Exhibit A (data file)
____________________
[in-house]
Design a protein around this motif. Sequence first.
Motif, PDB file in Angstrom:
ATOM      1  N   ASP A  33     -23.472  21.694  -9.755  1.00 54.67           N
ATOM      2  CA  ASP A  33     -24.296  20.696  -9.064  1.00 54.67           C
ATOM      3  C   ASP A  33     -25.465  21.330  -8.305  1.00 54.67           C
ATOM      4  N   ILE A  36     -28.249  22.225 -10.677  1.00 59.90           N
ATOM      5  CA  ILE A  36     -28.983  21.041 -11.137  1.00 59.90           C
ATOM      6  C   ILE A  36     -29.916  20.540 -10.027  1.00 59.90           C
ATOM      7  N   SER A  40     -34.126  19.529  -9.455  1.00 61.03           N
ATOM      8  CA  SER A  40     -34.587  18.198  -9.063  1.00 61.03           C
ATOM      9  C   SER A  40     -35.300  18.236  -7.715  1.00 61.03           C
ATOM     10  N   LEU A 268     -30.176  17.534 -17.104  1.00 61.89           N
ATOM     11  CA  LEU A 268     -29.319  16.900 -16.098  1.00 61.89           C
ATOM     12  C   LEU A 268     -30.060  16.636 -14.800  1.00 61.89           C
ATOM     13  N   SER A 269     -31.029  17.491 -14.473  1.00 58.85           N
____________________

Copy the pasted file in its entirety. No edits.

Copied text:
[in-house]
Design a protein around this motif. Sequence first.
Motif, PDB file in Angstrom:
ATOM      1  N   ASP A  33     -23.472  21.694  -9.755  1.00 54.67           N
ATOM      2  CA  ASP A  33     -24.296  20.696  -9.064  1.00 54.67           C
ATOM      3  C   ASP A  33     -25.465  21.330  -8.305  1.00 54.67           C
ATOM      4  N   ILE A  36     -28.249  22.225 -10.677  1.00 59.90           N
ATOM      5  CA  ILE A  36     -28.983  21.041 -11.137  1.00 59.90           C
ATOM      6  C   ILE A  36     -29.916  20.540 -10.027  1.00 59.90           C
ATOM      7  N   SER A  40     -34.126  19.529  -9.455  1.00 61.03           N
ATOM      8  CA  SER A  40     -34.587  18.198  -9.063  1.00 61.03           C
ATOM      9  C   SER A  40     -35.300  18.236  -7.715  1.00 61.03           C
ATOM     10  N   LEU A 268     -30.176  17.534 -17.104  1.00 61.89           N
ATOM     11  CA  LEU A 268     -29.319  16.900 -16.098  1.00 61.89           C
ATOM     12  C   LEU A 268     -30.060  16.636 -14.800  1.00 61.89           C
ATOM     13  N   SER A 269     -31.029  17.491 -14.473  1.00 58.85           N